Arguably, no industry has been harder hit by the COVID-19 pandemic than has restaurants across the country. Some restaurants were able to remain partially operational by maintaining pickup and delivery services. Some were not. There will be some establishments that will never see their doors open again. A majority of eateries will at least be able to attempt to return to “full” operations (as defined by what fairly can be called the “new normal”) at some juncture. Restaurants need to be contemplating their health and legal obligations when the day comes that they can reopen dining rooms and related operations for their patrons. 

California Legal Standard for Protecting Workers, Vendors, and Patrons From COVID-19

Restaurants face an extensive array of legal directives associated with health and safety. This article is not designed to address all of these issues; rather, it’s been prepared to provide some basic insights associated with the legal duty of restaurants to their workers and patrons when it comes to protecting against COVID-19 infection.

Generally speaking, California eateries have a legal duty to take reasonable steps to provide reasonable protection against employees, patrons, vendors, and others becoming infected with COVID-19 when on their premises. There will be a number of ways in which this duty of reasonableness is established. These include state statutes and other mandates, local ordinances, and what will become more generalized practices in the restaurant industry designed to protect against COVID-19 contamination and infection.

Create a COVID-19 Ombudsman 

One way in which “things” associated with COVID-19 protections at a restaurant can go off course is if there is confusion in regard to who bears ultimate responsibility at an establishment for overseeing coronavirus contamination prevention and remediation. A restaurant is well-served designating one individual to be charged with managing all COVID-19 issues, including routine sanitization, in-house deep cleaning, and engaging and coordinating the professional assistance of a reputable coronavirus cleaning and disinfection company. 

Making such a designation, creating a sort of COVID-19 ombudsman, provides a resource for workers to reach out to if a question or concern arises regarding coronavirus in the workplace. It provides a focal point for coordinating all matters associated with preventing and remediation coronavirus contamination in an eatery. Having a person responsible for overseeing a restaurant’s coronavirus response enhances overall health safety and is likely to be considered a tactic that contributes to reasonably protecting against COVID-19 contamination from a legal standpoint. 

Suiting Up to Serve

When eateries are permitted to reopen dining areas, serving staff will need to properly suit up for the task. This includes wearing appropriate masks and gloves. Donning gloves is likely to be subject to debate when it comes to service staff at eateries. The reality is that gloves and bare hands are equally capable of carting and shedding COVID-19. The real issue is ensuring that service staff exercise proper COVID-19 hygiene (regular, thorough hand washing or glove changes).

All eatery staff will need to be closely monitored for COVID-19 infection. The problem is that at this time and likely into the foreseeable future, there will be some limitations on this monitoring. There will be serving staff members infected with COVID-19 that demonstrate no detectable symptoms. The most likely way in which eatery staff will be tested for possible COVID-19 infection is by regular temperature taking.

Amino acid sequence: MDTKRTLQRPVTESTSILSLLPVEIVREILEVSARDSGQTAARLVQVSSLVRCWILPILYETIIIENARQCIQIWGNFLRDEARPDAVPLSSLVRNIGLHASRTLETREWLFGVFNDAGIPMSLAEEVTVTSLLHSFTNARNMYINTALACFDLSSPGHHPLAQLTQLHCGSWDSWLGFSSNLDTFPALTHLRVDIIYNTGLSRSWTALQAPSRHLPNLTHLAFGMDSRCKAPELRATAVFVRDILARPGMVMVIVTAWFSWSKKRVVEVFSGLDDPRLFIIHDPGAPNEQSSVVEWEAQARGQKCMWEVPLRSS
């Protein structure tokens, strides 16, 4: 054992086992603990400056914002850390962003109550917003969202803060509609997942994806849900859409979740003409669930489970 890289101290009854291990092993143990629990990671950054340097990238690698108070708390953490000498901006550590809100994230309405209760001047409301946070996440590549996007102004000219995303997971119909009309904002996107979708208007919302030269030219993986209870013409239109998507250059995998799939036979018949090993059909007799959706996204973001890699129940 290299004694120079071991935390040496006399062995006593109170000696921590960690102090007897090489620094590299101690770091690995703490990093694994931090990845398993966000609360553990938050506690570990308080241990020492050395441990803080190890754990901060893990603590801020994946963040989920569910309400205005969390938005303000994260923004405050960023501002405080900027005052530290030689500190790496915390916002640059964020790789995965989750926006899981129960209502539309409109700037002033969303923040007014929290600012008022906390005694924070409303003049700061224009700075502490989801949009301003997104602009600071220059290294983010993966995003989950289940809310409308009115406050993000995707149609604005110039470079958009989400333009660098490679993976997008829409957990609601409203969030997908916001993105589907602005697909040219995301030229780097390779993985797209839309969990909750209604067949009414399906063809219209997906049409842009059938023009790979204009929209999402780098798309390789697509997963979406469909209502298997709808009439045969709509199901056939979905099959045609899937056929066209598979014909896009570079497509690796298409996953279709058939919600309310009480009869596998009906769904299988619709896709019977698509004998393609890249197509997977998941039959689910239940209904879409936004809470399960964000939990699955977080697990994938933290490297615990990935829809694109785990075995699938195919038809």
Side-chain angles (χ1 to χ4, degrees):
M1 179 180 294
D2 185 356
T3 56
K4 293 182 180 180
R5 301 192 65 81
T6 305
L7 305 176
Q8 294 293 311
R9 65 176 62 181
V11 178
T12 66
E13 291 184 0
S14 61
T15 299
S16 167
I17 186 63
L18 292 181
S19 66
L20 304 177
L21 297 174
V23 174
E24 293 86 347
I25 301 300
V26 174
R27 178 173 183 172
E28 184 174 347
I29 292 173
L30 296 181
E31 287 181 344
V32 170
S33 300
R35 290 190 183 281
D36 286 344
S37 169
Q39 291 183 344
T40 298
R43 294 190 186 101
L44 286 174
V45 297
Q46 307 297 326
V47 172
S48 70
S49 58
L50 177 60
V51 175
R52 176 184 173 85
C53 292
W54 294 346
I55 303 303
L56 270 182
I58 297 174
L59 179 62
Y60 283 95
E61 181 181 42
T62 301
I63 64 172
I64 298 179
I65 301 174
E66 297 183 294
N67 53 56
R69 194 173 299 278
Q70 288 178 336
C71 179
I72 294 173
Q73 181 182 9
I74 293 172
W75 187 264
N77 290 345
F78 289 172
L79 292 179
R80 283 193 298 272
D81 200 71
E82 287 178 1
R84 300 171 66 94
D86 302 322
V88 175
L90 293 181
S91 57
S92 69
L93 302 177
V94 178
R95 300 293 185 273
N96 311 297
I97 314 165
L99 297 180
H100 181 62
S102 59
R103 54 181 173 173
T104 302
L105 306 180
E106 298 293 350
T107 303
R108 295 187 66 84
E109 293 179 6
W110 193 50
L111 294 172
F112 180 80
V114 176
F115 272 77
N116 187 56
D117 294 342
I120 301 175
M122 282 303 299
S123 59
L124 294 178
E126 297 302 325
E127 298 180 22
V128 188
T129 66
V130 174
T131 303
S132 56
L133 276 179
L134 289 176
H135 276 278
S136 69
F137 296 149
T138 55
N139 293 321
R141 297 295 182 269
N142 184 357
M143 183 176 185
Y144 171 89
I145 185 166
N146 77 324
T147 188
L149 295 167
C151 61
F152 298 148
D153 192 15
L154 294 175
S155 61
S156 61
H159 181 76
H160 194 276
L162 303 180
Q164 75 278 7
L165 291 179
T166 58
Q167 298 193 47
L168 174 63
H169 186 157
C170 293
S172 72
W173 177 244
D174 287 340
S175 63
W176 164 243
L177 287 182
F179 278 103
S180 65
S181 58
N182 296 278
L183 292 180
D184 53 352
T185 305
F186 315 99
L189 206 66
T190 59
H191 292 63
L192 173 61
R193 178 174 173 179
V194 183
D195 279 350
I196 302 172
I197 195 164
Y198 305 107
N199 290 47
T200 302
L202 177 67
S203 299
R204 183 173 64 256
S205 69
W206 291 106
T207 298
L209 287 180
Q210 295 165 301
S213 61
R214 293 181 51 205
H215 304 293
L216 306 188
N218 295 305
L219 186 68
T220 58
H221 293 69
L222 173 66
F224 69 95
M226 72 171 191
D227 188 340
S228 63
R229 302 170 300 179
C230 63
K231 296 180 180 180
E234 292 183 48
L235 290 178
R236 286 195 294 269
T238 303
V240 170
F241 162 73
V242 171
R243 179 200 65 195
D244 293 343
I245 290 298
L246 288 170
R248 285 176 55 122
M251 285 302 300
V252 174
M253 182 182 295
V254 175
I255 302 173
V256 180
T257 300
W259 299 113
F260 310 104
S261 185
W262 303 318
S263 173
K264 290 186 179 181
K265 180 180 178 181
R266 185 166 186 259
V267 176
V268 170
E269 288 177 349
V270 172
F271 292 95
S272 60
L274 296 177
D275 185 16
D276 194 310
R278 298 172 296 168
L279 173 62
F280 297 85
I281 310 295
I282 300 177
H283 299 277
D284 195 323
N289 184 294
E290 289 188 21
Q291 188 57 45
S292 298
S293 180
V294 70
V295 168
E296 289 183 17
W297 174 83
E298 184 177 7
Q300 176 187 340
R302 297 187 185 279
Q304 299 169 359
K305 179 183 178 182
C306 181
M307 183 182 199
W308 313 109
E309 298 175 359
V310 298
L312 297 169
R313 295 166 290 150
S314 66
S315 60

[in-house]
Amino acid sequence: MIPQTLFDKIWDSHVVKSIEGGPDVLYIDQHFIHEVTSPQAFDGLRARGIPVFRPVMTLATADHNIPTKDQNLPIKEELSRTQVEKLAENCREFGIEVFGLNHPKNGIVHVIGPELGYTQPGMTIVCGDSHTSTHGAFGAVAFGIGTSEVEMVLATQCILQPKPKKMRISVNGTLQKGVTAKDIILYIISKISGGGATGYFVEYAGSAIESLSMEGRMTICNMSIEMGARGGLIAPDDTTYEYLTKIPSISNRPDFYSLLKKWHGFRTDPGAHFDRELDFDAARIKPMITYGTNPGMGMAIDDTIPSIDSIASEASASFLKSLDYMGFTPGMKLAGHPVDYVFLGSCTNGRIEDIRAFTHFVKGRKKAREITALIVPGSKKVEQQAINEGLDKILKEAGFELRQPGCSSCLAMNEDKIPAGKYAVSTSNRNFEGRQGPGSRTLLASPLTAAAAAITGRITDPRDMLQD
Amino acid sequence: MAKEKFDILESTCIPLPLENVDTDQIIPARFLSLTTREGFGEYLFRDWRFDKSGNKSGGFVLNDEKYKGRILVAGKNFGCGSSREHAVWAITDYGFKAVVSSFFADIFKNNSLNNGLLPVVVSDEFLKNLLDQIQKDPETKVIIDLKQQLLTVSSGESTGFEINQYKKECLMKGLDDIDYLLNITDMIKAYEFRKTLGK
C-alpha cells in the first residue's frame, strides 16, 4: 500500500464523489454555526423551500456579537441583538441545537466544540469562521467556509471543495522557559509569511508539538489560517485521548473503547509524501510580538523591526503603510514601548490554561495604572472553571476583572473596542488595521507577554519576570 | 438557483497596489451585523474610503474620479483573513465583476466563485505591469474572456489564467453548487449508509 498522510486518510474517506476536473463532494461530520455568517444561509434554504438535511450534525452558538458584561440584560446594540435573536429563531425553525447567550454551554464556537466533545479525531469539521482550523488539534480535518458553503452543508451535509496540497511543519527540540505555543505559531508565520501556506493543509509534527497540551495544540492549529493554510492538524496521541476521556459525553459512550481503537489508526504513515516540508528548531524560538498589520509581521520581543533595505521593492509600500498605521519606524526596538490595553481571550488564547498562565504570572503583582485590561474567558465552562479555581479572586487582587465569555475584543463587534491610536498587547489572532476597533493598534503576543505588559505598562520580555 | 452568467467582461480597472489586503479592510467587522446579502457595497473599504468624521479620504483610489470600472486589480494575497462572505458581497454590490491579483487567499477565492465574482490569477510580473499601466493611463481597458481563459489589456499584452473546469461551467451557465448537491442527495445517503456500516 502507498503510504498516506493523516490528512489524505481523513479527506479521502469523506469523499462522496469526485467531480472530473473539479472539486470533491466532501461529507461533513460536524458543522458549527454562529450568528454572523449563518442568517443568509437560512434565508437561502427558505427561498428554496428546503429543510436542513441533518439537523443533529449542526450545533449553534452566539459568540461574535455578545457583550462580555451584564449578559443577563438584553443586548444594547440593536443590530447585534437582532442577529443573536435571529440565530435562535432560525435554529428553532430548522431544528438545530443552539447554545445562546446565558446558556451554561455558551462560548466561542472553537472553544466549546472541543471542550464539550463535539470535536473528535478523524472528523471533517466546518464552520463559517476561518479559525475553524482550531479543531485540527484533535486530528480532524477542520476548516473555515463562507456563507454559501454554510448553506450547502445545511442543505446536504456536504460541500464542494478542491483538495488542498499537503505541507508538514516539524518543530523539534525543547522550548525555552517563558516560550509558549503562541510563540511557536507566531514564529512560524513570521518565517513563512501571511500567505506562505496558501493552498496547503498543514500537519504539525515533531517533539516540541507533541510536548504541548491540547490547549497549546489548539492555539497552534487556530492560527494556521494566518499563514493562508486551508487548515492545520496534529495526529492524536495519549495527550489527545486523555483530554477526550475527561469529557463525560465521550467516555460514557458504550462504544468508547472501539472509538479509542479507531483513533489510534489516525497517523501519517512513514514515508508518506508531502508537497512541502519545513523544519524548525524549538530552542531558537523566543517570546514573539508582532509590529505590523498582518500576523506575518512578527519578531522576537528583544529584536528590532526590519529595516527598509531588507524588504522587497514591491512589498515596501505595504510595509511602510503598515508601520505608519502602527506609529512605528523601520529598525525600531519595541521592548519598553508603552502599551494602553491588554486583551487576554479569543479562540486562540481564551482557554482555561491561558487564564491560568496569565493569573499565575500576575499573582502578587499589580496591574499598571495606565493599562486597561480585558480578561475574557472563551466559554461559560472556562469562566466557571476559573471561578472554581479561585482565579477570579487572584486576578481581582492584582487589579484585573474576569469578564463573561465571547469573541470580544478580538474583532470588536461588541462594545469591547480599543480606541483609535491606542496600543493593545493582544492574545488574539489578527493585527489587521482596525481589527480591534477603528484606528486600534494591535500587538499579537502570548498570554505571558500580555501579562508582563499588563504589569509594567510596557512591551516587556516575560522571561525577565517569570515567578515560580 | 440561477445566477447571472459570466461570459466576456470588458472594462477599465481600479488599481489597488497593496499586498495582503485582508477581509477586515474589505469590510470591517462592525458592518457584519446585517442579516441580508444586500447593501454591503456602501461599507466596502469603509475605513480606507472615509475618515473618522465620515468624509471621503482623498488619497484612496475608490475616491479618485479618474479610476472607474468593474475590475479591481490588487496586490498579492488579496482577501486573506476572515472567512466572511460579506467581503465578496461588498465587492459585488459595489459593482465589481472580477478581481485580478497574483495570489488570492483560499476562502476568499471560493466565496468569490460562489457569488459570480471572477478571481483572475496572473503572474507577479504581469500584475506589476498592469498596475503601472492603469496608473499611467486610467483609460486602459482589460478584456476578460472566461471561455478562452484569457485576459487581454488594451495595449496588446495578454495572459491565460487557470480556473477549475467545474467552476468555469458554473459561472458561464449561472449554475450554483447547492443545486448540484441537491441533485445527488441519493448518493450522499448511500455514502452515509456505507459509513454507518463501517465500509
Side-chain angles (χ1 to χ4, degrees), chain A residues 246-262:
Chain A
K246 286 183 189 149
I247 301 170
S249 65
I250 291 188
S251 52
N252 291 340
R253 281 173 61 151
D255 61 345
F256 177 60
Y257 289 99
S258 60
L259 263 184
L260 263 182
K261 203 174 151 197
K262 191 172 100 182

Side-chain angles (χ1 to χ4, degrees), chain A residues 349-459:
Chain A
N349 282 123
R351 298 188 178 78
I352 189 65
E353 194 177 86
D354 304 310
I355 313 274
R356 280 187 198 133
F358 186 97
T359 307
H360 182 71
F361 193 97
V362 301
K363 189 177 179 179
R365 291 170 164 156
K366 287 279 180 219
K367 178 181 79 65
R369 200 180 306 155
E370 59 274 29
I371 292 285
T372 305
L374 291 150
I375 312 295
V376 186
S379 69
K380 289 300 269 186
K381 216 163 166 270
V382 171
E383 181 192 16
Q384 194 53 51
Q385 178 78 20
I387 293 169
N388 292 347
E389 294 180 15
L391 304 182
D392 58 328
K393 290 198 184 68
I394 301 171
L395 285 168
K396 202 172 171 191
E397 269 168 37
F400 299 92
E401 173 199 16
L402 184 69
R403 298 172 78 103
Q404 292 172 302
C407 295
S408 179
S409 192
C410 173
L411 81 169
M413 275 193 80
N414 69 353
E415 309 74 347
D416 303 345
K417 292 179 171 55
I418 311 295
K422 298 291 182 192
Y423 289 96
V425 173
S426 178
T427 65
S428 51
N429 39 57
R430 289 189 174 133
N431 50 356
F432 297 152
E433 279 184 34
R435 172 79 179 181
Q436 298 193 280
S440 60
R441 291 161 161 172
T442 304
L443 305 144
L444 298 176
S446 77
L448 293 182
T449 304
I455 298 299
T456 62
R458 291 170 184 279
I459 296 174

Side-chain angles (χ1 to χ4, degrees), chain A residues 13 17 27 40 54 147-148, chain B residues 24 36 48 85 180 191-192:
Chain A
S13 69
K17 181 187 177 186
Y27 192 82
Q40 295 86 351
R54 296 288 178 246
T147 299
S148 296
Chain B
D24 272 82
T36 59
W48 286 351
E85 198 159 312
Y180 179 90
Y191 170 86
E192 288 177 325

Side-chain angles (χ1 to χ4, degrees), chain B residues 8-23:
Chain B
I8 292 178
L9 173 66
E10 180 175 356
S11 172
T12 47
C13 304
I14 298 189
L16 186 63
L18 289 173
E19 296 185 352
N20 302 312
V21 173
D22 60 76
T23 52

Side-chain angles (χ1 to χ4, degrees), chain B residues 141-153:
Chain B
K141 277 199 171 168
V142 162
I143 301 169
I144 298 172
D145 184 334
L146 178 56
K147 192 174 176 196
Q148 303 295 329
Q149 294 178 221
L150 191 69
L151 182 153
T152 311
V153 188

Ultimately, restaurants will have access to onsite, rapid testing equipment. This type of testing equipment can reveal whether a staff member is infected with COVID-19.

Reconfiguring Dining Areas and Seating Practices

Major changes will need to take place in the way most restaurants have configured their dining areas. Other associated changes will need to be made in regard to seating practices, specifically the number of patrons in the dining area at the same time.

There are certain to be state mandates dictating how eateries utilize dining areas. These likely will include everything from space between tables as well as total number of patrons in a restaurant at one time. With that said, there is a possibility that the state may come down with more “generous” mandates that permit closer seating and more people in an eatery at one time than might be prudent, depending on the prevailing circumstances surrounding the COVID-19 pandemic. 

As a consequence, some minimum standards should be borne in mind regardless of what the state (or city) does in regard to restaurants opening. In the final analysis, as discussed previously, a restaurant will need to take any and all reasonable steps to protect workers and patrons from COVID-19 infection. 

Yes, state or even local standards will serve as a guide to what is reasonable. However, as we are beginning to see elsewhere in the United States, some businesses are balking at reopening when more permissive states have allowed for this to happen. In addition, a notable number of restaurants can be seen taking more aggressive positions in regard to regulating dining room use despite what a state or local government will dictate. 

We have all heard the mantra about keeping six feet away from other individuals when out in public. In a restaurant dining room setting, the preferred if not recommended distance between tables is likely to be more in the neighborhood of 10 feet.